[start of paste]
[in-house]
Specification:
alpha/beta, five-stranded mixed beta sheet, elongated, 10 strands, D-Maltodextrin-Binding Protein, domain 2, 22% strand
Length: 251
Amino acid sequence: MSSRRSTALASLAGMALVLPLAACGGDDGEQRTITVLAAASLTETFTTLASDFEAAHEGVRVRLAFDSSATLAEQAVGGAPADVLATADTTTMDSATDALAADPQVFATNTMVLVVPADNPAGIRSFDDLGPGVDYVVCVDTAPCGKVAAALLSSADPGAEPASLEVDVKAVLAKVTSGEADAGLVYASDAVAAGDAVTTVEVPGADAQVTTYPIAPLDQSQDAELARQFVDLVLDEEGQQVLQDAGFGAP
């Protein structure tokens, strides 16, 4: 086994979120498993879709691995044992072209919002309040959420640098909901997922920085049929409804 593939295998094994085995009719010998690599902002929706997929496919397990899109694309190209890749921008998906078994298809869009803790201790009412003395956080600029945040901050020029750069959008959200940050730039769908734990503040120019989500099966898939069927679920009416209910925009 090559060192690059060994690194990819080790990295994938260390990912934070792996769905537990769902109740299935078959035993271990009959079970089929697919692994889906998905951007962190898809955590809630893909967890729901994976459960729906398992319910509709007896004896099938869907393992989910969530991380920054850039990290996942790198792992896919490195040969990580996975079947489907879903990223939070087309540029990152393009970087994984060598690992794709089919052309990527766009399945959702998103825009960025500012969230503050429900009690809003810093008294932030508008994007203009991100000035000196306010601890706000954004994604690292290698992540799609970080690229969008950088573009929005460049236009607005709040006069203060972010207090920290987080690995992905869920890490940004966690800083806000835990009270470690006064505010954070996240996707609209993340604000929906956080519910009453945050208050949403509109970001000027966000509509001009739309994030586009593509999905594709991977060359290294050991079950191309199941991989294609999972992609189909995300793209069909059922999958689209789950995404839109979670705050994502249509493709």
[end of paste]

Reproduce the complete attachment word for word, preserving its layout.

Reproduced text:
[in-house]
Specification:
alpha/beta, five-stranded mixed beta sheet, elongated, 10 strands, D-Maltodextrin-Binding Protein, domain 2, 22% strand
Length: 251
Amino acid sequence: MSSRRSTALASLAGMALVLPLAACGGDDGEQRTITVLAAASLTETFTTLASDFEAAHEGVRVRLAFDSSATLAEQAVGGAPADVLATADTTTMDSATDALAADPQVFATNTMVLVVPADNPAGIRSFDDLGPGVDYVVCVDTAPCGKVAAALLSSADPGAEPASLEVDVKAVLAKVTSGEADAGLVYASDAVAAGDAVTTVEVPGADAQVTTYPIAPLDQSQDAELARQFVDLVLDEEGQQVLQDAGFGAP
């Protein structure tokens, strides 16, 4: 086994979120498993879709691995044992072209919002309040959420640098909901997922920085049929409804 593939295998094994085995009719010998690599902002929706997929496919397990899109694309190209890749921008998906078994298809869009803790201790009412003395956080600029945040901050020029750069959008959200940050730039769908734990503040120019989500099966898939069927679920009416209910925009 090559060192690059060994690194990819080790990295994938260390990912934070792996769905537990769902109740299935078959035993271990009959079970089929697919692994889906998905951007962190898809955590809630893909967890729901994976459960729906398992319910509709007896004896099938869907393992989910969530991380920054850039990290996942790198792992896919490195040969990580996975079947489907879903990223939070087309540029990152393009970087994984060598690992794709089919052309990527766009399945959702998103825009960025500012969230503050429900009690809003810093008294932030508008994007203009991100000035000196306010601890706000954004994604690292290698992540799609970080690229969008950088573009929005460049236009607005709040006069203060972010207090920290987080690995992905869920890490940004966690800083806000835990009270470690006064505010954070996240996707609209993340604000929906956080519910009453945050208050949403509109970001000027966000509509001009739309994030586009593509999905594709991977060359290294050991079950191309199941991989294609999972992609189909995300793209069909059922999958689209789950995404839109979670705050994502249509493709």